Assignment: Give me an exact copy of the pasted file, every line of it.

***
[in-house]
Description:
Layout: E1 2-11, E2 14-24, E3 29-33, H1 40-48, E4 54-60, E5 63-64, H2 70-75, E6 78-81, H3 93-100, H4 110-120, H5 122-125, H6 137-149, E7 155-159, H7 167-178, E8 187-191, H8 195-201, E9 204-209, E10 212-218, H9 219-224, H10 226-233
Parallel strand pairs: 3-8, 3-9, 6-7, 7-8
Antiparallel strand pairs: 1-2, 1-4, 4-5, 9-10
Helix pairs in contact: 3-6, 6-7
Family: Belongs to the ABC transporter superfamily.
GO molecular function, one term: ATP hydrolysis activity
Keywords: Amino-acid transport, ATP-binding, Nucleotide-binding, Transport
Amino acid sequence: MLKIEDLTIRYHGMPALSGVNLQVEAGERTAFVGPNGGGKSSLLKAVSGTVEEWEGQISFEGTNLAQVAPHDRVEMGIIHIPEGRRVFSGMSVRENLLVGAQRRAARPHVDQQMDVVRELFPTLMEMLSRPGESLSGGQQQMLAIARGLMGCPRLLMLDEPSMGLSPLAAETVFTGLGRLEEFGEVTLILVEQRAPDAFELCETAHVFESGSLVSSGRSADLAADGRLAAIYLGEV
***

[in-house]
Description:
Layout: E1 2-11, E2 14-24, E3 29-33, H1 40-48, E4 54-60, E5 63-64, H2 70-75, E6 78-81, H3 93-100, H4 110-120, H5 122-125, H6 137-149, E7 155-159, H7 167-178, E8 187-191, H8 195-201, E9 204-209, E10 212-218, H9 219-224, H10 226-233
Parallel strand pairs: 3-8, 3-9, 6-7, 7-8
Antiparallel strand pairs: 1-2, 1-4, 4-5, 9-10
Helix pairs in contact: 3-6, 6-7
Family: Belongs to the ABC transporter superfamily.
GO molecular function, one term: ATP hydrolysis activity
Keywords: Amino-acid transport, ATP-binding, Nucleotide-binding, Transport
Amino acid sequence: MLKIEDLTIRYHGMPALSGVNLQVEAGERTAFVGPNGGGKSSLLKAVSGTVEEWEGQISFEGTNLAQVAPHDRVEMGIIHIPEGRRVFSGMSVRENLLVGAQRRAARPHVDQQMDVVRELFPTLMEMLSRPGESLSGGQQQMLAIARGLMGCPRLLMLDEPSMGLSPLAAETVFTGLGRLEEFGEVTLILVEQRAPDAFELCETAHVFESGSLVSSGRSADLAADGRLAAIYLGEV